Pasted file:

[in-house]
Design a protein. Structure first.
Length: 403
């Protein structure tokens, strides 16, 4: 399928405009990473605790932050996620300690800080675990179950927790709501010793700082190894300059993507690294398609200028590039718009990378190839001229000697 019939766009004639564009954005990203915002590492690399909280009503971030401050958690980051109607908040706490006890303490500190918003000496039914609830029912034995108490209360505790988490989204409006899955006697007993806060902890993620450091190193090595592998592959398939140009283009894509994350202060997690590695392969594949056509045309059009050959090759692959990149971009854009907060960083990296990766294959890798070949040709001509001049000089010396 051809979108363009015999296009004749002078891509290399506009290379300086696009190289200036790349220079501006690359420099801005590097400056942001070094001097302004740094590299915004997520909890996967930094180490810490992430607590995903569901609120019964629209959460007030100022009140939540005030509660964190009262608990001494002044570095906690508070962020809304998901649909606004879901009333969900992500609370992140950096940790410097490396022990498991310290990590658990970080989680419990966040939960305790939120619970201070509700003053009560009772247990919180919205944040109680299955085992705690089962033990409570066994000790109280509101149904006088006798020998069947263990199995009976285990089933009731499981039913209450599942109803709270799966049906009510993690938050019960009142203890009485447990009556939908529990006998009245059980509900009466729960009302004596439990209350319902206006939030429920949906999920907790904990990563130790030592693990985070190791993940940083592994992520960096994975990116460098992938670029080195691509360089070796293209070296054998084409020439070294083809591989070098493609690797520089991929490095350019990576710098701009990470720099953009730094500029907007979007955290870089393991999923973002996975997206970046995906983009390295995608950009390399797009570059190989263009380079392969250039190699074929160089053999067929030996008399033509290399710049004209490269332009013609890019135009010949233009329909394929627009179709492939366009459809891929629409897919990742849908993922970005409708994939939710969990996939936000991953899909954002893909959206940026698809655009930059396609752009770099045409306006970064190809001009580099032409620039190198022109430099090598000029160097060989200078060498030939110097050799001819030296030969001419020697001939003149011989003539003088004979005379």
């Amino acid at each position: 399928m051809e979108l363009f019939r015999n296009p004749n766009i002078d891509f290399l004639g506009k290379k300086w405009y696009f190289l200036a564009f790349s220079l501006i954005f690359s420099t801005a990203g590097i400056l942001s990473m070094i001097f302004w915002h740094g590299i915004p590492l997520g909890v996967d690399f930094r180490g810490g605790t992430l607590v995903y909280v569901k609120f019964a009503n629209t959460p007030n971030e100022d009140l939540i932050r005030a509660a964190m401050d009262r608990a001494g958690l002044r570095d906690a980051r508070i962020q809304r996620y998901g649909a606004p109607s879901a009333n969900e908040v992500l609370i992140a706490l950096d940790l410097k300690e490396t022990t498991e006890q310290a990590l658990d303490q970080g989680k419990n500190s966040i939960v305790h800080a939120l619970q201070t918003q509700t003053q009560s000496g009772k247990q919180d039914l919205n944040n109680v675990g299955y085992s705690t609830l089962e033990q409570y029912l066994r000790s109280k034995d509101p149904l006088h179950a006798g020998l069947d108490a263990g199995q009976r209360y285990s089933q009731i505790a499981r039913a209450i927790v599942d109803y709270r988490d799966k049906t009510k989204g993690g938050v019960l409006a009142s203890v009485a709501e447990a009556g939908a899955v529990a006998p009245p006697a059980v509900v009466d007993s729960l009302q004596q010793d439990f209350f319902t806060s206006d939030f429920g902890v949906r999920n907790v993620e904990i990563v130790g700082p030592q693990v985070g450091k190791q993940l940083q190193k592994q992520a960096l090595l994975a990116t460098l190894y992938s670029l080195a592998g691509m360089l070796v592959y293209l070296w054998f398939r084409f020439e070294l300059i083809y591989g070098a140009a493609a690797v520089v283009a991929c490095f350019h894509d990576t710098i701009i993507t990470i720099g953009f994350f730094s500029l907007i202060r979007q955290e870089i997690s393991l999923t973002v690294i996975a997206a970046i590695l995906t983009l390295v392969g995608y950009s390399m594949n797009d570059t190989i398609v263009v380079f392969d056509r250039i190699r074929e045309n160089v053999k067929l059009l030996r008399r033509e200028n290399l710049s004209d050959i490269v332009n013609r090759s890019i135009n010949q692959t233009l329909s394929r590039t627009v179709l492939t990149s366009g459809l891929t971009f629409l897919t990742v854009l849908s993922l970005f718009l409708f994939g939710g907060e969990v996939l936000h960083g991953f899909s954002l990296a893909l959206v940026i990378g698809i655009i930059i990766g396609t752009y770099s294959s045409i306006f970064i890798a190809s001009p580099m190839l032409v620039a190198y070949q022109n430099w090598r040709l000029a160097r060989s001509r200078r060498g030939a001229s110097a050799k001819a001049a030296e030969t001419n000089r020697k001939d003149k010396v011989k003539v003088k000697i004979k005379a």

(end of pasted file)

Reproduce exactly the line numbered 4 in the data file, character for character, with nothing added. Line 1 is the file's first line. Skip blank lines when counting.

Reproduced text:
């Protein structure tokens, strides 16, 4: 399928405009990473605790932050996620300690800080675990179950927790709501010793700082190894300059993507690294398609200028590039718009990378190839001229000697 019939766009004639564009954005990203915002590492690399909280009503971030401050958690980051109607908040706490006890303490500190918003000496039914609830029912034995108490209360505790988490989204409006899955006697007993806060902890993620450091190193090595592998592959398939140009283009894509994350202060997690590695392969594949056509045309059009050959090759692959990149971009854009907060960083990296990766294959890798070949040709001509001049000089010396 051809979108363009015999296009004749002078891509290399506009290379300086696009190289200036790349220079501006690359420099801005590097400056942001070094001097302004740094590299915004997520909890996967930094180490810490992430607590995903569901609120019964629209959460007030100022009140939540005030509660964190009262608990001494002044570095906690508070962020809304998901649909606004879901009333969900992500609370992140950096940790410097490396022990498991310290990590658990970080989680419990966040939960305790939120619970201070509700003053009560009772247990919180919205944040109680299955085992705690089962033990409570066994000790109280509101149904006088006798020998069947263990199995009976285990089933009731499981039913209450599942109803709270799966049906009510993690938050019960009142203890009485447990009556939908529990006998009245059980509900009466729960009302004596439990209350319902206006939030429920949906999920907790904990990563130790030592693990985070190791993940940083592994992520960096994975990116460098992938670029080195691509360089070796293209070296054998084409020439070294083809591989070098493609690797520089991929490095350019990576710098701009990470720099953009730094500029907007979007955290870089393991999923973002996975997206970046995906983009390295995608950009390399797009570059190989263009380079392969250039190699074929160089053999067929030996008399033509290399710049004209490269332009013609890019135009010949233009329909394929627009179709492939366009459809891929629409897919990742849908993922970005409708994939939710969990996939936000991953899909954002893909959206940026698809655009930059396609752009770099045409306006970064190809001009580099032409620039190198022109430099090598000029160097060989200078060498030939110097050799001819030296030969001419020697001939003149011989003539003088004979005379």